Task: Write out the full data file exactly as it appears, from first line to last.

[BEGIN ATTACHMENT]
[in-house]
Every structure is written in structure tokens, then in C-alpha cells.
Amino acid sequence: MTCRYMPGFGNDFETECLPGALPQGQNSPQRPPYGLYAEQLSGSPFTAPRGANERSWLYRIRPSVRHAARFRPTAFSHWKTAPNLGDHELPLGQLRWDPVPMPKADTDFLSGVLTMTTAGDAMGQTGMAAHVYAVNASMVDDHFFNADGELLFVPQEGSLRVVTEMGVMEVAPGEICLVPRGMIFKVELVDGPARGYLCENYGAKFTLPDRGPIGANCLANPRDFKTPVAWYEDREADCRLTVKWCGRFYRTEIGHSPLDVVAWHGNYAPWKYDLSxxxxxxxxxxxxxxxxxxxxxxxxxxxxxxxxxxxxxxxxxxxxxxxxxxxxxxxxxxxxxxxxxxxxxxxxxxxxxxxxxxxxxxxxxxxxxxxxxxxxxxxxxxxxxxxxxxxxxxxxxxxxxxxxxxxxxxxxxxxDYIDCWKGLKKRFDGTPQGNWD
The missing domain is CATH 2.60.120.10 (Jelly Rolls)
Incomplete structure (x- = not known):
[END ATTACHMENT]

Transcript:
[in-house]
Every structure is written in structure tokens, then in C-alpha cells.
Amino acid sequence: MTCRYMPGFGNDFETECLPGALPQGQNSPQRPPYGLYAEQLSGSPFTAPRGANERSWLYRIRPSVRHAARFRPTAFSHWKTAPNLGDHELPLGQLRWDPVPMPKADTDFLSGVLTMTTAGDAMGQTGMAAHVYAVNASMVDDHFFNADGELLFVPQEGSLRVVTEMGVMEVAPGEICLVPRGMIFKVELVDGPARGYLCENYGAKFTLPDRGPIGANCLANPRDFKTPVAWYEDREADCRLTVKWCGRFYRTEIGHSPLDVVAWHGNYAPWKYDLSxxxxxxxxxxxxxxxxxxxxxxxxxxxxxxxxxxxxxxxxxxxxxxxxxxxxxxxxxxxxxxxxxxxxxxxxxxxxxxxxxxxxxxxxxxxxxxxxxxxxxxxxxxxxxxxxxxxxxxxxxxxxxxxxxxxxxxxxxxxDYIDCWKGLKKRFDGTPQGNWD
The missing domain is CATH 2.60.120.10 (Jelly Rolls)
Incomplete structure (x- = not known):